October 4, 2022

Wings on Fire: KSLU examination fiasco

The recent Judgment of the Karnataka High Court regarding conduct of examinations by Karnataka State Law University (KSLU) has garnered nationwide attention. The resultant uncertainty with respect to the conduct of examinations has piqued student interest, along with lingering confusion. The judgment delivered by Hon’ble Justice R Devdas quashed the conduct of even semester examination which was scheduled to begin on 15th February 2021. Inspite of the Judgment, the grapevine suggests that KSLU is wanting to appeal, leaving students and faculty members in a dilemma. 

The way in which KSLU has handled the response to the pandemic and it’s reluctance to take firm and quick decisions is appalling, not to mention condemnable. Unfortunately, the judgment of Hon’ble High Court of Karnataka is also disputable and fallacious. The judgment brings to the forefront two very important issues plaguing legal fraternity. The first is with respect to grounds for quashing of guidelines, and the second is in regards to reconciling the regulatory powers of Bar Council of India (BCI) and University Grants Commission (UGC). The exigency to deliver justice appears to have tripped the court on both these issues. 

The writ petition was filed by students who are affiliated to various colleges of KSLU. The remedy sought by the petitioners was to get the benefits of UGC guidelines, under which intermediate students are required to be promoted on the basis of internal evaluation marks (50) plus previous year marks (50). The petitioners claimed that classes for the even semester (2019-20) could not be effectively conducted due to closure of colleges, though KSLU vide circular dated 10.04.2020 directed the affiliated colleges to conduct classes online, petitioners alleged inability of the students to participate in the learning process due to lack of internet infrastructure as large number of students are based in rural areas.  On completion of the even semester, KSLU has promoted all the students without any examination making references to BCI circulars. The Odd semester classes (2020-21) commenced from September, on its conclusions offline exams were announced for both the semesters.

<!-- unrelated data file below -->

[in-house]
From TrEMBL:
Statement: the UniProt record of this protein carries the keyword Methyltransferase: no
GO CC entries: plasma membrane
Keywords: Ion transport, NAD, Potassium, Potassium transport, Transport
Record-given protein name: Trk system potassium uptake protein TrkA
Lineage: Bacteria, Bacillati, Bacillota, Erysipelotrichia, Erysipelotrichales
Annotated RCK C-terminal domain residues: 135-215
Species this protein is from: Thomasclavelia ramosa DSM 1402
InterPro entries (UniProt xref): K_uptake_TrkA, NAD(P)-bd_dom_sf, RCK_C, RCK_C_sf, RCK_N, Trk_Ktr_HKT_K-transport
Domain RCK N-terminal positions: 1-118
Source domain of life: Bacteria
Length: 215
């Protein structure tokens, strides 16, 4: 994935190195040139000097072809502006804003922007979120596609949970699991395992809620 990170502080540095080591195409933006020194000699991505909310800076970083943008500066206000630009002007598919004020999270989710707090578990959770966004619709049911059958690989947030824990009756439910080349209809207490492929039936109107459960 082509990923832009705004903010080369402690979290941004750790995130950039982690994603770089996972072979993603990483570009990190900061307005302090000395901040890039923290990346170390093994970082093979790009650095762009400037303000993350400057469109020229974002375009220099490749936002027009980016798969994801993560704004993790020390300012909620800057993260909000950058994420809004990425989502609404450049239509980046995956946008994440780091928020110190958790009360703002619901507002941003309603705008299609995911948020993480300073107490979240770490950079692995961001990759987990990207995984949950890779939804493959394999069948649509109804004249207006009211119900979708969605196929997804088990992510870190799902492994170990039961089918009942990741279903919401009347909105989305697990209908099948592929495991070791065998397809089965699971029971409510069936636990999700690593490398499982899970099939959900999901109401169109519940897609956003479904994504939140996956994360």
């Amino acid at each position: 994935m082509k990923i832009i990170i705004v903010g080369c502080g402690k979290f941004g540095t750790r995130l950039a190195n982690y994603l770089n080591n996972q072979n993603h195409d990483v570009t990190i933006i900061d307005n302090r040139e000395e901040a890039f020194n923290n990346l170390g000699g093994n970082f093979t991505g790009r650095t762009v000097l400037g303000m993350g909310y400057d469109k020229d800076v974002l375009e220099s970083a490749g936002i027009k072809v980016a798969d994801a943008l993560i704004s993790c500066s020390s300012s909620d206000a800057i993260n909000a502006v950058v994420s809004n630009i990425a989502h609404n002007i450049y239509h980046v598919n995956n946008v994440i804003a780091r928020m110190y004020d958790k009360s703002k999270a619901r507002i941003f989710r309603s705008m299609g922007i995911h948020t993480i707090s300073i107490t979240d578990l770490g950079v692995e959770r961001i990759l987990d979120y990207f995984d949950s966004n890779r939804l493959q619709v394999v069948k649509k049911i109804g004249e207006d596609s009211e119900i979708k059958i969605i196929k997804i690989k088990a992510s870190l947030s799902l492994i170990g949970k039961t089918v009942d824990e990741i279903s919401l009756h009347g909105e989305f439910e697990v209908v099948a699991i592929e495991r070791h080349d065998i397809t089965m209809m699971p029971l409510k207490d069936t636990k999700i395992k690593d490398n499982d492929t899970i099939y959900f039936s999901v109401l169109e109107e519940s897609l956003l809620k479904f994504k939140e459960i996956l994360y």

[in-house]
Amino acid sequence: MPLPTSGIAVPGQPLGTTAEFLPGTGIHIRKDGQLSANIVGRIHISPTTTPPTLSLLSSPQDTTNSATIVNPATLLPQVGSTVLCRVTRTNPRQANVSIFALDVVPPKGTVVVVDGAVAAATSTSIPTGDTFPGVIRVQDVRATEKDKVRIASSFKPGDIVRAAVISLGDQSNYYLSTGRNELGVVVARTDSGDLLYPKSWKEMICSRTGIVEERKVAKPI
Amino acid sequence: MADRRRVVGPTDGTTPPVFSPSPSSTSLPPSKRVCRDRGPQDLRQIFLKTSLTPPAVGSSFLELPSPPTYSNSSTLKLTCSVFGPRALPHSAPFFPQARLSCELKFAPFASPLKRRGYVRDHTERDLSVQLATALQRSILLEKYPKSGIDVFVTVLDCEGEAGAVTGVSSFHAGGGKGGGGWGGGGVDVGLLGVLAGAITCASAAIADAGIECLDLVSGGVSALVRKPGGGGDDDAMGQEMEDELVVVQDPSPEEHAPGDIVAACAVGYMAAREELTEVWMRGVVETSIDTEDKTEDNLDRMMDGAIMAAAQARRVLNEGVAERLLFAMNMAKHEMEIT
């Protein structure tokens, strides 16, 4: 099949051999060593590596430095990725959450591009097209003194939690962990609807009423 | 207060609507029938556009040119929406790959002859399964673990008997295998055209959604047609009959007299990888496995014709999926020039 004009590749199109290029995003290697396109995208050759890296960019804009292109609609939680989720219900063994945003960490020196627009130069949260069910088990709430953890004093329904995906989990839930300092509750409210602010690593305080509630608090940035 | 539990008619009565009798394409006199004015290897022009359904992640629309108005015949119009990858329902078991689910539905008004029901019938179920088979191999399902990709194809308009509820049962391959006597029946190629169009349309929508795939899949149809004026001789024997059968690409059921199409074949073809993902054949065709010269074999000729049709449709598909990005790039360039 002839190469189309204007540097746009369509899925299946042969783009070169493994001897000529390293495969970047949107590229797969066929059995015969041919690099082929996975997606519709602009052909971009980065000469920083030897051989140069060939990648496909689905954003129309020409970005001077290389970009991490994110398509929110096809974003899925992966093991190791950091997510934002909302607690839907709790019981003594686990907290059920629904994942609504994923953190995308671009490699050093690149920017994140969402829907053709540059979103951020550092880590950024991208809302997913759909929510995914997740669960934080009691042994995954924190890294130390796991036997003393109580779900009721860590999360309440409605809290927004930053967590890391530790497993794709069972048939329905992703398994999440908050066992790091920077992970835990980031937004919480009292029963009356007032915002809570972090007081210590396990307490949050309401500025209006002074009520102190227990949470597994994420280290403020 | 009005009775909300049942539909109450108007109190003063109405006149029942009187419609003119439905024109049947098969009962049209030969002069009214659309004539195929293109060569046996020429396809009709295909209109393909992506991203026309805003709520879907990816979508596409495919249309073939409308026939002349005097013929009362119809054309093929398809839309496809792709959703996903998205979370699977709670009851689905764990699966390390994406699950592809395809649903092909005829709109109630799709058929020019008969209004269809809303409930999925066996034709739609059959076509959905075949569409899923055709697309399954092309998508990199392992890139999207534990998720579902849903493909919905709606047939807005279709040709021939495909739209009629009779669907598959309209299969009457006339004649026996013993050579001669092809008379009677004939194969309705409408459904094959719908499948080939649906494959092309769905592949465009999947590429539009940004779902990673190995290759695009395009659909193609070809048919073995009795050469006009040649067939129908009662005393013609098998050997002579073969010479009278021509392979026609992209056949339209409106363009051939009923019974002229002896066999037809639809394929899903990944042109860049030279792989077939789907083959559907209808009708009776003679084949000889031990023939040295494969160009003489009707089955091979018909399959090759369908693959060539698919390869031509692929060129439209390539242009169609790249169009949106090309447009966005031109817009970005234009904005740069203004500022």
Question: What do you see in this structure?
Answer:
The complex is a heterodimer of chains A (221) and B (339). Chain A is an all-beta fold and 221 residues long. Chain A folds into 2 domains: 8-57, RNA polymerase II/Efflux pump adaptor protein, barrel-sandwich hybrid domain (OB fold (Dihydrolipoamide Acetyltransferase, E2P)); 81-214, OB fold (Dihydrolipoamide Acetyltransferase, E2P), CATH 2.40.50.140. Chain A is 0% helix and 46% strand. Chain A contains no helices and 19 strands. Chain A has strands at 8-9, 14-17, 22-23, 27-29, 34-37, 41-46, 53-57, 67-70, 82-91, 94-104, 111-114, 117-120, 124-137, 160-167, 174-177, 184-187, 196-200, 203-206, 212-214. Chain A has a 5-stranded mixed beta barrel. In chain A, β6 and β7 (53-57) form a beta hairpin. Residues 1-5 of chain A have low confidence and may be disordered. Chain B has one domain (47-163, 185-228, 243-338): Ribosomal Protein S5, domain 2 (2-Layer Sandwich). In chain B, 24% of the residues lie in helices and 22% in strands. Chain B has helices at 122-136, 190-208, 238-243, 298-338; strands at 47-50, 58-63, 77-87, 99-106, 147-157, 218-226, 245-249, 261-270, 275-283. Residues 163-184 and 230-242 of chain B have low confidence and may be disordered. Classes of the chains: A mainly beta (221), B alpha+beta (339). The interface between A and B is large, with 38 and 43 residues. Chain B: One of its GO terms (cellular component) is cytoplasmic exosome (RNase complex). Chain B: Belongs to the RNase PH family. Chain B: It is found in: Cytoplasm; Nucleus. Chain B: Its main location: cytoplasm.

The court faced with this situation had to consider validity of KSLU’s decision to conduct offline end semester exams on the background of guidelines issued by two regulatory bodies:

  1. The UGC Online examination guidelines dated 29-04-2020 and the revised guidelines dated 06.07.2020
  2. The BCI Online examination Guidelines dated 27-05-2020 and 09-06-2020

The UGC guidelines unambiguously provided “..For intermediate semester/year students, the universities may conduct examinations after making a comprehensive assessment…” and grading could be on the basis of 50% of internal evaluation plus 50% of previous semester. Whereas, the BCI guidelines that were issued on 27.05.2020 directed universities to promote the students and conduct the end semester examination within a month of reopening college, further vide it’s guidelines dated 09.06.2020 it was clarified that after reopening of colleges universities are bound to conduct examination with respect to the and students were required to pass all the subjects.

KSLU had consistently adopted BCI guidelines and had clarified to the students that their promotion is subject to them clearing the exams which will be conducted on reopening of colleges. On 13 January a revised Academic calendar was notified by KSLU, subsequently the exams for Even Semester were notified, scheduled to begin from February 15. Faced with this, Hon’ble High Court of Karnataka held that UGC guidelines were issued after taking into consideration the report of the expert committee, whereas there is no evidence of application of mind by either BCI or KSLU. Further relying upon Hon’ble Supreme Court’s judgment in Praneeth K and Ors v. UGC and Ors (Praneeth K) the court concluded that UGC guidelines are binding on KSLU.

Firstly, the Hon’ble High Court has wrongly concluded that the Supreme Court judgment squarely covers the writ petition. The High court noted that the evaluation method for intermediate students has been upheld by the supreme court. This assertion appears to be flawed for two reasons, in Praneeth K the Supreme court adjudicated the validity of conduct of examination for final year students. The court concluded that UGC need not consult all the universities to pass the guidelines, and universities are statutorily bound to follow the same. However, the Supreme court also noted that “… The differentiation made in the Revised Guidelines to hold final or terminal semester examination and to give option for earlier years/intermediate semester for not holding the examination has a rational basis …”  The hon’ble High Court failed to take into consideration the option that was granted as recognised by the Supreme Court via the UGC guideline. Second, in Praneeth K the SC was deciphering the scope for state/disaster management authorities to postpone the examination in contravention to UGC guidelines, when highest number of Covid-19 cases were being recorded.